In 2013 I moved to Alabama and lived with twenty other people on a beautiful vineyard, while attending a spiritual school there. Slowly throughout that season, I fell in love with people. I didn't have a drastic awakening, but simply observed some of the most loving people in action, and as they moved and breathed out love, the attraction for that kind of lifestyle became overwhelming. I became jealous of their ability to pursue and know people despite behaviors I found inexcusable and irritating. I slowly opened myself up. I was taught how to live in community. 

Two years later I found myself living on a beautiful lake, working at the ministry that opened me up and taught me to love people. However, while working there, I became silent again. I stopped letting people in, even though I knew they could heal me. I went back to keeping things inside, because vulnerability puts you at risk for hurt, even though I knew that opening my mouth would begin the process of healing, to be wrapped in safe arms. 

I don't really know what was going on inside of me, except problems from the previous fall had followed me to Alabama, like unwanted visitors. I kept stuffing anxiety, my ocd, and an eating disorder deep into my pockets, but they kept falling out one by one until I couldn’t stop tripping over them. Rocks were piled up on my heart and my tree limbs had curled inward, keeping relationships to formalities. I would long to have someone sit and listen to me, to share my burden, but instead I would punish myself by keeping my mouth shut.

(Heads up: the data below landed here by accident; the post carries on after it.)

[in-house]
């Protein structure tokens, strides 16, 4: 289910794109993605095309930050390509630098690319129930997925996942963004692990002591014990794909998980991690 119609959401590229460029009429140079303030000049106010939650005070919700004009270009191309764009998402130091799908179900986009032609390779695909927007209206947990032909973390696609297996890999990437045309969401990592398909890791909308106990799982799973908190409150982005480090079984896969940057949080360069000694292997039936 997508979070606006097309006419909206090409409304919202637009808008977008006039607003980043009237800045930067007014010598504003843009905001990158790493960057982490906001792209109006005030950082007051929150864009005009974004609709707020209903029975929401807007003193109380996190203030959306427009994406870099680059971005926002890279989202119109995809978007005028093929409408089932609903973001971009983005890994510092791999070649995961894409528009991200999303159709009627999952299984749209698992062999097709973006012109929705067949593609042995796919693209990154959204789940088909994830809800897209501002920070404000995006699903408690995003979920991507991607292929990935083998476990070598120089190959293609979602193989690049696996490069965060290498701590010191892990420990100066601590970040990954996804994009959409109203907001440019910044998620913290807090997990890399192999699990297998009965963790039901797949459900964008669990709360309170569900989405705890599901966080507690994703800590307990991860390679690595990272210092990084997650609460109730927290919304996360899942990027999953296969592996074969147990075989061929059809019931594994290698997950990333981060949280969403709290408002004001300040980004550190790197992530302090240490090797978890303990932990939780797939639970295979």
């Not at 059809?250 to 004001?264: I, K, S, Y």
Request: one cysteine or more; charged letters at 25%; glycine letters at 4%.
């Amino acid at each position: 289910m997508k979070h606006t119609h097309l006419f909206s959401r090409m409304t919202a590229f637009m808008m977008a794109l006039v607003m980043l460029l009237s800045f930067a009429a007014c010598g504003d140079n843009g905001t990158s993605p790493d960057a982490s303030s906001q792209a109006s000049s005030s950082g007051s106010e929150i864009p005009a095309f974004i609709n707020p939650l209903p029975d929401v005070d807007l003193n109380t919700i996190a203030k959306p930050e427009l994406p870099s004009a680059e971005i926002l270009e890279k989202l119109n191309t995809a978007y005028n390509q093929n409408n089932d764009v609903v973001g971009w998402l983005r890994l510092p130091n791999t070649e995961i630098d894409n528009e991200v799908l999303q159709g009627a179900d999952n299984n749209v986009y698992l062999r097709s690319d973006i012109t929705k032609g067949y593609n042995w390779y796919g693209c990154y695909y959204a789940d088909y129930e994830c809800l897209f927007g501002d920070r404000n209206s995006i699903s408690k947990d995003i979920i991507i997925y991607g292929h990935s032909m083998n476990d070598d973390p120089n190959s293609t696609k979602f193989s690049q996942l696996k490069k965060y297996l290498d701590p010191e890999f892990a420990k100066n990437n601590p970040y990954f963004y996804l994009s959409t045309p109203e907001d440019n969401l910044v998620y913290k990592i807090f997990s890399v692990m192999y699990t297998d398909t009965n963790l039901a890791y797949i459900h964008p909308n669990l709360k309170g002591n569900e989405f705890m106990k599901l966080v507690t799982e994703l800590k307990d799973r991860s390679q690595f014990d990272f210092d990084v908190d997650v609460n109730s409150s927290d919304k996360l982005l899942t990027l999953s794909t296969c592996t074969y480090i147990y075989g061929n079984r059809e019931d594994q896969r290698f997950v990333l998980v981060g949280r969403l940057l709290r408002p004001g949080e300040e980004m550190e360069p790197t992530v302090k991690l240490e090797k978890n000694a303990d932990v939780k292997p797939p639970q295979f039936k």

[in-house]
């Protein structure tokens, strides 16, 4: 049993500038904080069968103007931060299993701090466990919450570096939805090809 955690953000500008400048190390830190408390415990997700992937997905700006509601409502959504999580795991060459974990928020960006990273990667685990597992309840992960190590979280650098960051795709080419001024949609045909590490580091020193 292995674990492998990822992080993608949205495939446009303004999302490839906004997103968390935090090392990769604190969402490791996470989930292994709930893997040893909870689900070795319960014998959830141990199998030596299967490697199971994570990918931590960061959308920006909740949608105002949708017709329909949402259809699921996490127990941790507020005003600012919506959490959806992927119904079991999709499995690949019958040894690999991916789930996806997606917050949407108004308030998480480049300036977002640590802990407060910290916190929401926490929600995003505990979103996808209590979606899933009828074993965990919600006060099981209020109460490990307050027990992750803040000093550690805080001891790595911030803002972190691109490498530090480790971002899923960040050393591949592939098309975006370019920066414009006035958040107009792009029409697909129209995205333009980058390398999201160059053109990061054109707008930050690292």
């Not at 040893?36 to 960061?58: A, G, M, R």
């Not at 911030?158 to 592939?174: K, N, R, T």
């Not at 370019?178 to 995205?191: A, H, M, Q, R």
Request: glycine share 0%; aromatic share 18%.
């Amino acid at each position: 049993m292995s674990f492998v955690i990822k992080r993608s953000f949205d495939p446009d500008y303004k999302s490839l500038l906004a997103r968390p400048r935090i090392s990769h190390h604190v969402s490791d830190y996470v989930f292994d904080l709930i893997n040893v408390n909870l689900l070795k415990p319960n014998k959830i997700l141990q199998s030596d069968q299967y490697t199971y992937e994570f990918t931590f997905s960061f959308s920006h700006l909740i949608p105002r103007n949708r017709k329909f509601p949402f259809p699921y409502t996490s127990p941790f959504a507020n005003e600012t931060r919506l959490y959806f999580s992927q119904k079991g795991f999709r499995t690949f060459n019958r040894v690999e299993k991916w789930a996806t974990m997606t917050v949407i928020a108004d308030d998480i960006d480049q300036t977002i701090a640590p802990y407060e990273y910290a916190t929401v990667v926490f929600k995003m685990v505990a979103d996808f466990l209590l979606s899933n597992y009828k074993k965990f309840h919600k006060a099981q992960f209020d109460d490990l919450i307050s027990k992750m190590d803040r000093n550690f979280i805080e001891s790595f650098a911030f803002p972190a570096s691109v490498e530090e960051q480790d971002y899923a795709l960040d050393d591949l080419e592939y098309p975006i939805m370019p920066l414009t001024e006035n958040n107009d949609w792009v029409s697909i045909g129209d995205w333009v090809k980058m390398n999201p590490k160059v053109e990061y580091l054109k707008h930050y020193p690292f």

Eventually I heard someone share something that hit me in the belly, changing everything in that moment. My friend John asked a group of us if we had ever seen the meat head guys that could lift and throw cars and trains. He said that vulnerability is the switch to that kind of power; that vulnerability gives you superhuman strength. I wanted to throw cars and move mountains.